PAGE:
A British flagged yacht just about to participate in the renowned Blue Water Round World Cruising Rally has sunk, with its crew being rescued in remote waters by fellow cruising sailors.
Just before daylight on Friday (November 27) yacht Kersti of Swansea, a 15m Juneau, with Jeff and Ruth Morris on board, were on a passage from the Eastern Lemons atoll in the San Blas to Cartagena in Colombia.
Blue Water Rally organiser Richard Bolt takes up the story:
'The sea and wind conditions were described as ‘pretty bad’. Jeff noticed that they seemed to be sailing slightly bow down - and went below to find the floorboards in the forward cabin floating. He switched on the electric bilge pump, Ruth started frantically pumping the manual bilge pump and Jeff bailed with a bucket. They soon issued a pan pan.
Jupiter’s Smile with Jay and Barb on board came to the rescue - .. .
'Luckily they had a swift response from a yacht(Jupiter's Smile) about 10 miles away who was sailing in company with 4 others. All 5 altered course towards Kersti. Eventually, Jeff and Ruth gave up the struggle, issued a Mayday and took to the liferaft. They were soon picked up by the Jay and Barb on American yacht Jupiter's Smile.
The assistance that they received was as follows:
Jupiter's Smile - rescued them from the liferaft and brought them to Cholon
Pelican's Flight - tried to pass a pump to them in the high seas and got the painter of the dinghy in the rudder
Mariposa - nearby and gave good advice on creative ideas for assistance
Sea Star - used their sat phone and talked to the Colombian and US Coast Guard constantly for them
Tempest - SSB radio contact and assistance, doctor assistance if needed
Infinity - also near to offer assistance
Jumbie - further south, but with the group
Glide - brought Jeff and Ruth from Cholon to Cartagena
Valentina - provided assistance once they reached Cholon Bay.
'Ruth reports that both their liferaft and EPIRB performed exactly as they should in emergency. Their signal was swiftly relayed to the Maritime Rescue Co-ordination Centre, in Falmouth, who reported the circumstances to relations of the Morris family and the Blue Water Rally.
The excellent support provided by the cruising fraternity in the vicinity was praised by Ruth. The cruisers involved stressed how vital it was to have good communications and emergency equipment. VHF, SSB, Satellite phones and EPIRB were all used to good effect in the rescue.
'In Cartegena they were declared to be free of injury, but were deluged with paperwork. They managed to salvage laptop and vital documents, but needed to go shopping for underwear. They were receiving welcome hospitality from fellow cruisers but were somewhat shell-shocked.'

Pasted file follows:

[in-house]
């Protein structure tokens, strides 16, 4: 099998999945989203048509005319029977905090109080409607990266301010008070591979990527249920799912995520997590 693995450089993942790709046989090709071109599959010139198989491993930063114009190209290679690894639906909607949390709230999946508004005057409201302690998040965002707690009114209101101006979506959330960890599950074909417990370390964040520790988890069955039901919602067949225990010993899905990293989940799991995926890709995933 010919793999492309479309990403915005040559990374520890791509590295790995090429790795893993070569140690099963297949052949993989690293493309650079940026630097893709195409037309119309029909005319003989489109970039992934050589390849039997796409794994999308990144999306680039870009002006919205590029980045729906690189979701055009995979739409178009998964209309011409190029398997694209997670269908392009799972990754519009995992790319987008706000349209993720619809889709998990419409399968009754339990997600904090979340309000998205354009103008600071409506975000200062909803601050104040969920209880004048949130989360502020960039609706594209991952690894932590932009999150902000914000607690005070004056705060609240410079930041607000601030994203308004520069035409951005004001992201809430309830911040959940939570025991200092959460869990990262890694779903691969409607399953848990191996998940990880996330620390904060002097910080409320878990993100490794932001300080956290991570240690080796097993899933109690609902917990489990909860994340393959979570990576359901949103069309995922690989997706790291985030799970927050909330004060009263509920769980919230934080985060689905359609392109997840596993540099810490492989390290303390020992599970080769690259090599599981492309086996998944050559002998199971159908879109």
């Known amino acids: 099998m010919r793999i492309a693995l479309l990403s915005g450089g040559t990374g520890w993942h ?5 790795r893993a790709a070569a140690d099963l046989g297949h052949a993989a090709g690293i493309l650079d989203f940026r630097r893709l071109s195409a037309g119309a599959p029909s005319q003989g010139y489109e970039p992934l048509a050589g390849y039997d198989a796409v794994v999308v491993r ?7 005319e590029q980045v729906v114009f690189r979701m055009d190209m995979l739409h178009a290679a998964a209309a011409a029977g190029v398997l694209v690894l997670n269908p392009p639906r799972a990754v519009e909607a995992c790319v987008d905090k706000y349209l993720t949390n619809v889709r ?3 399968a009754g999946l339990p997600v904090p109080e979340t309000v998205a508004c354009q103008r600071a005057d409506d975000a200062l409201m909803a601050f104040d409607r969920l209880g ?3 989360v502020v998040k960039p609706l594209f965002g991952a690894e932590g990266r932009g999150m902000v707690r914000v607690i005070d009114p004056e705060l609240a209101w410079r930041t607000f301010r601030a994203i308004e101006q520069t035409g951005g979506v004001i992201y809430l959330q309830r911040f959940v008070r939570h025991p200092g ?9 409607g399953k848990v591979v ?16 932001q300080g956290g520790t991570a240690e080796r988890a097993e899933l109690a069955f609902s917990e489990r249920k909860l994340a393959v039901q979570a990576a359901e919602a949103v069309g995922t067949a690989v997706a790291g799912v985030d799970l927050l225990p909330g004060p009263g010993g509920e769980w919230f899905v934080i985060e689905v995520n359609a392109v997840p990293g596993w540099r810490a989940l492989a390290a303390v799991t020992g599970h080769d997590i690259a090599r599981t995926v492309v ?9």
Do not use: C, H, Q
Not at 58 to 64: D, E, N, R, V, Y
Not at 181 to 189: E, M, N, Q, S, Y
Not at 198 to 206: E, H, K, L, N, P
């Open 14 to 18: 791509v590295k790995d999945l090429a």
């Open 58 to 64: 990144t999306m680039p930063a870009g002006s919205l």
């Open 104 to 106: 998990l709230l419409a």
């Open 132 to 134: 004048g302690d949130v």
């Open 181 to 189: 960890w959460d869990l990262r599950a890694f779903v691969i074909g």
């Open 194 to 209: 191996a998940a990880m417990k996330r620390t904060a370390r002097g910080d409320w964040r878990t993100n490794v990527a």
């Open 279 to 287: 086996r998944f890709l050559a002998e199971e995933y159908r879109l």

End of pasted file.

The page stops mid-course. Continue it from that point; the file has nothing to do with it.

In the meantime, the Cruisers' Network Online, chaired by Eddie Tuttle on M/V Tothill, has appealed to all cruisers in the area to give whatever assistance they can.
Just long range cruisers doing what long range cruisers do best - come to the aid of each other.
Editor's Note: The fact that there was no obvious collision involved in the demise of Kersti points to the fact that it was a skin fitting that gave way or the vacuum effect from a head wrongly shut off. The incursion of water was not noticed until the boat was noticeably 'bow down'. The question for cruisers is 'What lessons can one take from this situation, which could easily happen on any yacht?' The Blue Water Rally circles the globe every 2 years. They are due to transit the Panama Canal in early February 2009, they will be joined by more yachts in Australia in autumn 2010, on the ‘Oz-Med Rally, and will finish in Crete at Easter 2011.
Letter from Reader:
Sender: randall boiko
Message: I have been following your posts with interest. As a marine surveyor and insurance adjustor in Miami, Florida and friends of Peter and Margie Benziger on 'Peregrina' (who is presently sailing in the Blue Water Rally); I found the 'editor's note' [What lesson can one take from this situation, which could easily happen on any yacht?] at the end of the article particularly relevant, not only for cruising vessels but for any vessel while sailing or at her slip.
On every survey; pre-purchase to insurance survey that I write up, I always include a recommendation that a high decibel high water alarm be installed in the vessel. Often the first signs that a vessel is taking or has taken on a substantial amount of water; is that the vessel begins to have a sluggish feel to her, the bow may be higher or lower or a crew member may actually see water above the floorboards. The difficulty of finding the source of the water ingress at this point becomes exponentially more difficult. A vessel equipped with an alarm or alarms when the bilge pumps cannot keep up with the rising water level, greatly increases the crews chances that the source of the problem can be located and addressed.
This also holds true to vessels at their slip or when the owner or crew is off the boat. I have done many insurance loss claims where vessels have taken on water at the dock. I feel most of these losses could have been avoided or at the very least mitigated, if nearby marina personnel or fellow boaters were given an early warning of a boat beginning to take on water.
The old adage, 'for want of a nail a shoe was lost' seems an applicable lesson on this issue.
I wish you everyone a pleasant and safe cruise.
randall boiko, s.a.m.s./ aca